West Ashley Bikeway
By Claire Vaughan
West Ashley Bikeway trails. Photo by the author.
The West Ashley Bikeway is a paved biking and walking trail that extends through several neighborhoods, starting at the Ashley River and ending at Wappoo Road. Similar to the West Ashley Greenway, the bikeway was a former railroad that has been converted to a convenient path for the residents of these neighborhoods.
The trailhead is located near the Ashley River. The trail itself meets the river at a lookout point, providing viewers with a peaceful scene of the water and surrounding marsh. Stepping away from the lookout, the smoothly paved trail continues, lined with trees and other greenery. A quiet stream follows the edge of the path for a while. When passing the Forest Park Playground, sounds of children playing or basketballs bouncing add liveliness to the laid-back environment. After the first section of the trail, the walker or biker must cross St. Andrew’s Boulevard to continue; while this crossing is not the most convenient aspect of the trail, its residential location on the other side of the highway makes up for it.
Weaving through different neighborhoods, the trail works to draw those who live nearby closer together. It is a kind of gathering place for people who would not normally interact to share a wave or a greeting. As I am one of those residents, I greatly appreciate this aspect of the trail. I feel more connected to the community around me when utilizing the simple yet valuable nature of the bikeway.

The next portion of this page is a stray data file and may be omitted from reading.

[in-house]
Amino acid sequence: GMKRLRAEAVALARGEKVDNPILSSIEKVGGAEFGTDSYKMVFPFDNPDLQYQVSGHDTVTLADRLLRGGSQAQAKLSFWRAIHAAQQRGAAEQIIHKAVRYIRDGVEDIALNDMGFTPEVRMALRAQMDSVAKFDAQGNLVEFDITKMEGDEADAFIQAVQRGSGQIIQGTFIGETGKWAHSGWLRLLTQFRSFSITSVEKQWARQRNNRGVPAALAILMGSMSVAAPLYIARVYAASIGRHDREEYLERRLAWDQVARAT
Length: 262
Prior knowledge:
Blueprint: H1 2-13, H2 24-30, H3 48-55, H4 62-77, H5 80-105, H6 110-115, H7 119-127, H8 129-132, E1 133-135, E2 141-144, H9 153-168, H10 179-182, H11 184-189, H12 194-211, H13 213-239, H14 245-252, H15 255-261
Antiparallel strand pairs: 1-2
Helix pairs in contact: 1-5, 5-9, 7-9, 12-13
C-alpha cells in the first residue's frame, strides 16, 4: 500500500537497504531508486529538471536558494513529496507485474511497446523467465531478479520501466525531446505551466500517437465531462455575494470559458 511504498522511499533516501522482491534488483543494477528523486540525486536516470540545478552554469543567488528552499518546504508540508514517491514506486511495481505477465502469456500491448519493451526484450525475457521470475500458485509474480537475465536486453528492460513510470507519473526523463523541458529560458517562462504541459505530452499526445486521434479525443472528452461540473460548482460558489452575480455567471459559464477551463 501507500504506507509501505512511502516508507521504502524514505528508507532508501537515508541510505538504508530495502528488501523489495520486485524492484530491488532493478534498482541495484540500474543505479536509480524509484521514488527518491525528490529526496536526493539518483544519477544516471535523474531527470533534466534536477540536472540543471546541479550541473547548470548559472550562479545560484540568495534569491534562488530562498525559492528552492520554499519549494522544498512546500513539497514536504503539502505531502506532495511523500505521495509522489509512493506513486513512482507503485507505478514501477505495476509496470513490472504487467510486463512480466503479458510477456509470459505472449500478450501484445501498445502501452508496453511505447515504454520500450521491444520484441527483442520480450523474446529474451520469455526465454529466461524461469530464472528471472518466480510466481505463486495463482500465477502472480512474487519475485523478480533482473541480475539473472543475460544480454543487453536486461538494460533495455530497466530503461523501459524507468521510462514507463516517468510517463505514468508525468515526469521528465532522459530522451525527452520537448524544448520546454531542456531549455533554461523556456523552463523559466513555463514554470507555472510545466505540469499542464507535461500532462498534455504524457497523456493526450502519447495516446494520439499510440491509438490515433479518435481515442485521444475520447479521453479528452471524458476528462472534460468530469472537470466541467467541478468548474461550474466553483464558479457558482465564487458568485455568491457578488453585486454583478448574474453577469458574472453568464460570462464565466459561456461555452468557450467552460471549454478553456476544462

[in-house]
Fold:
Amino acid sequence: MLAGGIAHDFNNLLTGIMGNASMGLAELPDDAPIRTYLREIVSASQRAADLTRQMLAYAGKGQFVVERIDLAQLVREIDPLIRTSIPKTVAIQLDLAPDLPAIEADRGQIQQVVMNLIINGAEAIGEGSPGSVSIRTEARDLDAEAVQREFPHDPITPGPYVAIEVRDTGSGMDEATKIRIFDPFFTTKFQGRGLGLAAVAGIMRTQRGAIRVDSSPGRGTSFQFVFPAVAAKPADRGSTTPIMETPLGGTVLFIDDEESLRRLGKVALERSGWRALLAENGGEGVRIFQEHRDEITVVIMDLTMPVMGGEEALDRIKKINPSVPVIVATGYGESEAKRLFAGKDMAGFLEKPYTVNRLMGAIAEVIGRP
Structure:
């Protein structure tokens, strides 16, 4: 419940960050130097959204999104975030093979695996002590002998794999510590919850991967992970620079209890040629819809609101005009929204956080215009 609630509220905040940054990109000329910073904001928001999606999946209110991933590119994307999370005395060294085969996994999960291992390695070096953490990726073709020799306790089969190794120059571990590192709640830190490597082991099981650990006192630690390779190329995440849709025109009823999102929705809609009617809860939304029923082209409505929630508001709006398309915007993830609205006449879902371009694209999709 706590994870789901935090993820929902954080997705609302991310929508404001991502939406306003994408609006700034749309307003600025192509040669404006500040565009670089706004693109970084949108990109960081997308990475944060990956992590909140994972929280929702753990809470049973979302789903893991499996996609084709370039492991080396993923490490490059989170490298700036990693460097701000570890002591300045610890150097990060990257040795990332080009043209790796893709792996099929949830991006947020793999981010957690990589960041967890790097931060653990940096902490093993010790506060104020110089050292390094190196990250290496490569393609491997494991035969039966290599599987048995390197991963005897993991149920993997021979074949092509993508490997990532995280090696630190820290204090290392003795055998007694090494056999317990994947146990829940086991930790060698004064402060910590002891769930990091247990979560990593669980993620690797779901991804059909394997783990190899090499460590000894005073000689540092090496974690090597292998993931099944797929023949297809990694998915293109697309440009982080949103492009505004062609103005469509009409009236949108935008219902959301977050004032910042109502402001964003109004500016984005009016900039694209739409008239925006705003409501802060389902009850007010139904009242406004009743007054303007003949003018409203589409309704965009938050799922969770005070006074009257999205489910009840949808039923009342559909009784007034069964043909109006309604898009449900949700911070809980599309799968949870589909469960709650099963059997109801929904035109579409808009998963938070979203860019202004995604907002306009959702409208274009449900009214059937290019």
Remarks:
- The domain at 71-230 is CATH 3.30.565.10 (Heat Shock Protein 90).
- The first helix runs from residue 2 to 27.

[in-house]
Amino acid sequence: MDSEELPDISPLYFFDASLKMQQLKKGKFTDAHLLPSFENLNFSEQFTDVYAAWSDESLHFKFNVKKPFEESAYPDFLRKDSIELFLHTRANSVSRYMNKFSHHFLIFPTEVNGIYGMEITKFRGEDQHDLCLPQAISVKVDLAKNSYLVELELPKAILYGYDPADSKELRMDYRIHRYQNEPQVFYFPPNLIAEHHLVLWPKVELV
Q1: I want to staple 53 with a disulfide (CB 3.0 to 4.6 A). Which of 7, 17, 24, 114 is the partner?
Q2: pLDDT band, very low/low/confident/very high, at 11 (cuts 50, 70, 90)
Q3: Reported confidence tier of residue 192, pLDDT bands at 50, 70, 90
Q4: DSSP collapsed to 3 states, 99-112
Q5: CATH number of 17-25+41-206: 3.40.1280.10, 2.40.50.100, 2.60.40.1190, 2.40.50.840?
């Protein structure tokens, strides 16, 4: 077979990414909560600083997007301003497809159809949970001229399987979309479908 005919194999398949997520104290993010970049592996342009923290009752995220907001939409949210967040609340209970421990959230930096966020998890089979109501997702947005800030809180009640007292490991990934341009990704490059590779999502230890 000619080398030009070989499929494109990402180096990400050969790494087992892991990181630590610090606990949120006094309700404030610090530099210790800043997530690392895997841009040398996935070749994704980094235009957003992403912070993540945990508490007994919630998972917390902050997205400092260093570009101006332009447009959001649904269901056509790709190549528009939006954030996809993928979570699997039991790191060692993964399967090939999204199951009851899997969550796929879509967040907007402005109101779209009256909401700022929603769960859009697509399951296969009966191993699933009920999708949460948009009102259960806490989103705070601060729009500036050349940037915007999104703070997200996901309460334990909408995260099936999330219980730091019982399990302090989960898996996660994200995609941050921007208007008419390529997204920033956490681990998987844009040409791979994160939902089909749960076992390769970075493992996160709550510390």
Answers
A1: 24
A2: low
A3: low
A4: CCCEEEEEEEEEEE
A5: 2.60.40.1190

It is important to note that one of the neighborhoods the bikeway passes through is known as Maryville. This residential area was previously a charter territory (1886) with a majority black population. The town was unique in that it allowed its members to form a self-sufficient community and government. Black people in Maryville were able to buy land, create a government and elect officials during the Jim Crow period. In recognizing the powerful history behind this neighborhood, it is no wonder the bikeway has such a feeling of community and togetherness. The people of historic Maryville laid this foundation through strength, and the bikeway is just one example of the interconnectedness found in these neighborhoods.
Length: 2.5 miles
Location: runs from the Ashley River to Wappoo Road
Owned and operated by: Charleston Department of Parks